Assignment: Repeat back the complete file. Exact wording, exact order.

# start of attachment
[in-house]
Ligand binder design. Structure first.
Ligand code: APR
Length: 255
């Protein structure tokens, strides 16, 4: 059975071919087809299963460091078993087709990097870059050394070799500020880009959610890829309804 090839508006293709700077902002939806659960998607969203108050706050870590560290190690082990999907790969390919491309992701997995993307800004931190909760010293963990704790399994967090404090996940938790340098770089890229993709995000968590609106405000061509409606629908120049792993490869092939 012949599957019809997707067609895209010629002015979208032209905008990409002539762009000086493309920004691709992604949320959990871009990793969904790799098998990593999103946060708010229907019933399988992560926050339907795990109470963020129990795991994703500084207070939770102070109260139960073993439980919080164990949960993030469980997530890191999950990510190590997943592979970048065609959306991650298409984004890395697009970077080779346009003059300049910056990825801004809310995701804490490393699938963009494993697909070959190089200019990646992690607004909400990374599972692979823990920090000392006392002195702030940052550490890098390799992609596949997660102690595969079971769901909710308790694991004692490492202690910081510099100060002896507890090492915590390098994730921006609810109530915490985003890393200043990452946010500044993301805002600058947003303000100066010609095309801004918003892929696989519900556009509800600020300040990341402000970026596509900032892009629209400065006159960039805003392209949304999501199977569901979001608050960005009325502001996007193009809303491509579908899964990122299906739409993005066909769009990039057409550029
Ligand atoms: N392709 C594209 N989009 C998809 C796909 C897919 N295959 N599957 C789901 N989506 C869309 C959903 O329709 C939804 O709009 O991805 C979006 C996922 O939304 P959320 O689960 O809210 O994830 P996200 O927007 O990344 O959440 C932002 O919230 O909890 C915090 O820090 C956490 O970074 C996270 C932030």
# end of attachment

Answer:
[in-house]
Ligand binder design. Structure first.
Ligand code: APR
Length: 255
């Protein structure tokens, strides 16, 4: 059975071919087809299963460091078993087709990097870059050394070799500020880009959610890829309804 090839508006293709700077902002939806659960998607969203108050706050870590560290190690082990999907790969390919491309992701997995993307800004931190909760010293963990704790399994967090404090996940938790340098770089890229993709995000968590609106405000061509409606629908120049792993490869092939 012949599957019809997707067609895209010629002015979208032209905008990409002539762009000086493309920004691709992604949320959990871009990793969904790799098998990593999103946060708010229907019933399988992560926050339907795990109470963020129990795991994703500084207070939770102070109260139960073993439980919080164990949960993030469980997530890191999950990510190590997943592979970048065609959306991650298409984004890395697009970077080779346009003059300049910056990825801004809310995701804490490393699938963009494993697909070959190089200019990646992690607004909400990374599972692979823990920090000392006392002195702030940052550490890098390799992609596949997660102690595969079971769901909710308790694991004692490492202690910081510099100060002896507890090492915590390098994730921006609810109530915490985003890393200043990452946010500044993301805002600058947003303000100066010609095309801004918003892929696989519900556009509800600020300040990341402000970026596509900032892009629209400065006159960039805003392209949304999501199977569901979001608050960005009325502001996007193009809303491509579908899964990122299906739409993005066909769009990039057409550029
Ligand atoms: N392709 C594209 N989009 C998809 C796909 C897919 N295959 N599957 C789901 N989506 C869309 C959903 O329709 C939804 O709009 O991805 C979006 C996922 O939304 P959320 O689960 O809210 O994830 P996200 O927007 O990344 O959440 C932002 O919230 O909890 C915090 O820090 C956490 O970074 C996270 C932030």